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Profile: DavidLearn
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User Name: DavidLearn
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Joined: Monday, January 27, 2014
Last Visit: Friday, May 18, 2018 1:10:33 AM
Number of Posts: 3,225
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  Last 10 Posts
Topic: Should I also underlined "ago" in order to get the question?
Posted: Wednesday, May 16, 2018 4:22:01 PM
NKM wrote:
The usual answer would be "It was twenty-four hours ago."

"Twenty-four hours ago he escaped from prison" is not how anybody would answer the question as presented. It might be the answer to some other question:

  "Why are we talking about him?"
  "Twenty-four hours ago he escaped from prison."




Hi NKM,
What does the "It" substitute or is it the dummy subject?

David.
Topic: Should I also underlined "ago" in order to get the question?
Posted: Wednesday, May 16, 2018 4:13:48 PM
Hi everyone,
Thank you all for your help and comments.
It's a listening exercise, so I can't change anything about that.

This is the paragraph where I took the sentence from.
The inspector waited, and the Chief of Police looked at him coldly. ‘What are you waiting for?’ she asked. ‘Go out and find him! Three months ago this man – Alex Dinon – killed the President of our country. He’s a murderer – a dangerous man. Twenty-four hours ago he escaped from prison, and our new President wants him back in prison–today! Now! At once!’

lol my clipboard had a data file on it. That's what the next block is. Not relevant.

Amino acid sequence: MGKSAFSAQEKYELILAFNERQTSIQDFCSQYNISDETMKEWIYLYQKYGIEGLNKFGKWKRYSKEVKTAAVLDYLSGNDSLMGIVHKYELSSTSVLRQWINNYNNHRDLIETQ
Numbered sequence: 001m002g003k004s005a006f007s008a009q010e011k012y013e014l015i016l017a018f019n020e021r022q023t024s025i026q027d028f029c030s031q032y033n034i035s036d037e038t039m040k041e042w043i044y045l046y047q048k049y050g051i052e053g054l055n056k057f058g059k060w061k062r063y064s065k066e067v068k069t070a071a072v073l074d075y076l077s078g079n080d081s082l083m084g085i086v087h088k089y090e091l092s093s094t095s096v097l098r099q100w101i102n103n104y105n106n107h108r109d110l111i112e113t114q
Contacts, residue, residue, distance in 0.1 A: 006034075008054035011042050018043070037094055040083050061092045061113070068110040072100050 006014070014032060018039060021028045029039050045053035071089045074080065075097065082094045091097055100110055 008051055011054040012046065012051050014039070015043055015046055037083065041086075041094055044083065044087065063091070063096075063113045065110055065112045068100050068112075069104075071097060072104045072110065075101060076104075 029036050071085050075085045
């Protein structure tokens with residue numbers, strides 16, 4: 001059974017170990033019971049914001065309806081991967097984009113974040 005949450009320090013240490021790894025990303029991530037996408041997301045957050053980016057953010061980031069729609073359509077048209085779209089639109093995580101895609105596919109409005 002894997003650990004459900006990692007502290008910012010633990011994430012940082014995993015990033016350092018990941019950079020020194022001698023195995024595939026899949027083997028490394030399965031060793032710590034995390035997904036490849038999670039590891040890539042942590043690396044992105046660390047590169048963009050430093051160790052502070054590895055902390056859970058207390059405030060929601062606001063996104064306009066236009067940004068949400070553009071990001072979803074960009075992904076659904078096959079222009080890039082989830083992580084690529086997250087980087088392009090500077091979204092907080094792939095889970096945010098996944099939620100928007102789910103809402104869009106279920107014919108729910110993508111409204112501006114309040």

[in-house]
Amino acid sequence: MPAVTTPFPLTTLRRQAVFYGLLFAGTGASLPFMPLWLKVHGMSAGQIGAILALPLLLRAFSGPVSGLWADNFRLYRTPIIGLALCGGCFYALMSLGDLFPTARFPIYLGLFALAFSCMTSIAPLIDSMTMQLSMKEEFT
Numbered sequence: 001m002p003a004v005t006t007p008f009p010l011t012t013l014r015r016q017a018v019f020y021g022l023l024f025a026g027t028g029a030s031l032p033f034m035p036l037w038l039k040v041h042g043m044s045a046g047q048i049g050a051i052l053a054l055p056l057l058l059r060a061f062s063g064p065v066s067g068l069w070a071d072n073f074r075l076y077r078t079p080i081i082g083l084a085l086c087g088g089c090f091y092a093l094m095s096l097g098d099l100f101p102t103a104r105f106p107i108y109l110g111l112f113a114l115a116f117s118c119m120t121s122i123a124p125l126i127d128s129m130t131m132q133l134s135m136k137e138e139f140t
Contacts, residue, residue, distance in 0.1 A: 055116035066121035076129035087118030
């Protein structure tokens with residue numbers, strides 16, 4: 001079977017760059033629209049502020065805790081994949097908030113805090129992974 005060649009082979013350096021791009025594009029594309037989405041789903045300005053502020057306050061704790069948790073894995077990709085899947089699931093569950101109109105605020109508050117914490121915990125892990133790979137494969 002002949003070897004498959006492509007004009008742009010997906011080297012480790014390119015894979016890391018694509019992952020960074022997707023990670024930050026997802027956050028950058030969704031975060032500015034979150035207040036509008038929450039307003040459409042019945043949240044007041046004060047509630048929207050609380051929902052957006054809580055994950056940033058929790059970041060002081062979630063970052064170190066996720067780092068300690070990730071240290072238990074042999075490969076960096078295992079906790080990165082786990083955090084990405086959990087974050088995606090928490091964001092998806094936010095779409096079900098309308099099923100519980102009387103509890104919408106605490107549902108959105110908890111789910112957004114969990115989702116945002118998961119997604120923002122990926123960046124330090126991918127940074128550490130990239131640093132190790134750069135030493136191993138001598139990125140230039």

I believe this one is correct:
How long ago did he escape from prison?
a) (He escaped from prison) twenty-four hours ago.
b) It was twenty-four hours ago.

David.
Topic: Should I also underlined "ago" in order to get the question?
Posted: Wednesday, May 16, 2018 9:22:06 AM
Hi teachers,
According to the underlined part, I believe the question is the one I've written. My question is about "ago" in the answer, should I also underlined it in order to get the question or not?

How long ago did he escape from prison?
Twenty-four hours ago he escaped from prison.

Thanks.
Topic: Could the synonym express the meaning?
Posted: Tuesday, May 15, 2018 3:44:43 PM
NKM wrote:
Actually, "started to be" is essentially a literal definition of "became", but it wouldn't feel right in this sentence, because the "starting" wouldn't have lasted for 30 years. "Became" doesn't so strongly partake of the momentary aspect of "beginning".

That said, I don't really like "became" here either, even though it is often used that way despite its (softened) connotation of something that happens quickly at the onset. I'd prefer "came to be" instead.

 "… she moved into the Ritz Hotel in Paris, which came to be her home for 30 years."



Hi NKM,
A very interesting explanation. I appreciate that.

David.
Topic: Is there a synonym that expresses that meaning?
Posted: Tuesday, May 15, 2018 3:22:12 PM
NKM wrote:
Another possibility: "… rose to become known as …"



Hi NKM,
Thanks for yours!

David.
Topic: Is this question natural?
Posted: Tuesday, May 15, 2018 2:11:01 PM